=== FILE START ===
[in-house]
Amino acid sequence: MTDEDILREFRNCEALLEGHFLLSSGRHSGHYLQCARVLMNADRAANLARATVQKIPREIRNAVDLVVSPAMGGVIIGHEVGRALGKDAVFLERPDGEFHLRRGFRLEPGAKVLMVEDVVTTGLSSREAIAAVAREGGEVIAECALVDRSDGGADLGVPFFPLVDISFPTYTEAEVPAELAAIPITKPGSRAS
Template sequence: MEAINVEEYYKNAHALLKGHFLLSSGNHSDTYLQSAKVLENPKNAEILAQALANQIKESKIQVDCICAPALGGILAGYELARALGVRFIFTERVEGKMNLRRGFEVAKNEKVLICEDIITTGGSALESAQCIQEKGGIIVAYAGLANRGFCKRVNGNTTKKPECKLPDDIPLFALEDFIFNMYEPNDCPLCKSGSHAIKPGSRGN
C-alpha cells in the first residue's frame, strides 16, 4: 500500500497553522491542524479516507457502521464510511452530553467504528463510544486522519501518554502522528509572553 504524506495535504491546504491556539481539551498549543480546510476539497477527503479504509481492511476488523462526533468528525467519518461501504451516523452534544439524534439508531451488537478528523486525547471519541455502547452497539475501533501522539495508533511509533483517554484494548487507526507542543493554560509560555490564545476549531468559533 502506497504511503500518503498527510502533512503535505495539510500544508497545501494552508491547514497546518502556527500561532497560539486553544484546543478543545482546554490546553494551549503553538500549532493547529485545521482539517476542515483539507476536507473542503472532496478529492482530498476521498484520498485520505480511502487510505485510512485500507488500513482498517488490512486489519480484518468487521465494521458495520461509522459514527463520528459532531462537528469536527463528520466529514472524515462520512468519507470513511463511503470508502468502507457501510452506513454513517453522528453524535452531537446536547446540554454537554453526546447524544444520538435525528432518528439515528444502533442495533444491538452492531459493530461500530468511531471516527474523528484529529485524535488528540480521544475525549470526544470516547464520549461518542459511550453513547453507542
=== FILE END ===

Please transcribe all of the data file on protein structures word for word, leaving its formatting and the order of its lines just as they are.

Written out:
[in-house]
Amino acid sequence: MTDEDILREFRNCEALLEGHFLLSSGRHSGHYLQCARVLMNADRAANLARATVQKIPREIRNAVDLVVSPAMGGVIIGHEVGRALGKDAVFLERPDGEFHLRRGFRLEPGAKVLMVEDVVTTGLSSREAIAAVAREGGEVIAECALVDRSDGGADLGVPFFPLVDISFPTYTEAEVPAELAAIPITKPGSRAS
Template sequence: MEAINVEEYYKNAHALLKGHFLLSSGNHSDTYLQSAKVLENPKNAEILAQALANQIKESKIQVDCICAPALGGILAGYELARALGVRFIFTERVEGKMNLRRGFEVAKNEKVLICEDIITTGGSALESAQCIQEKGGIIVAYAGLANRGFCKRVNGNTTKKPECKLPDDIPLFALEDFIFNMYEPNDCPLCKSGSHAIKPGSRGN
C-alpha cells in the first residue's frame, strides 16, 4: 500500500497553522491542524479516507457502521464510511452530553467504528463510544486522519501518554502522528509572553 504524506495535504491546504491556539481539551498549543480546510476539497477527503479504509481492511476488523462526533468528525467519518461501504451516523452534544439524534439508531451488537478528523486525547471519541455502547452497539475501533501522539495508533511509533483517554484494548487507526507542543493554560509560555490564545476549531468559533 502506497504511503500518503498527510502533512503535505495539510500544508497545501494552508491547514497546518502556527500561532497560539486553544484546543478543545482546554490546553494551549503553538500549532493547529485545521482539517476542515483539507476536507473542503472532496478529492482530498476521498484520498485520505480511502487510505485510512485500507488500513482498517488490512486489519480484518468487521465494521458495520461509522459514527463520528459532531462537528469536527463528520466529514472524515462520512468519507470513511463511503470508502468502507457501510452506513454513517453522528453524535452531537446536547446540554454537554453526546447524544444520538435525528432518528439515528444502533442495533444491538452492531459493530461500530468511531471516527474523528484529529485524535488528540480521544475525549470526544470516547464520549461518542459511550453513547453507542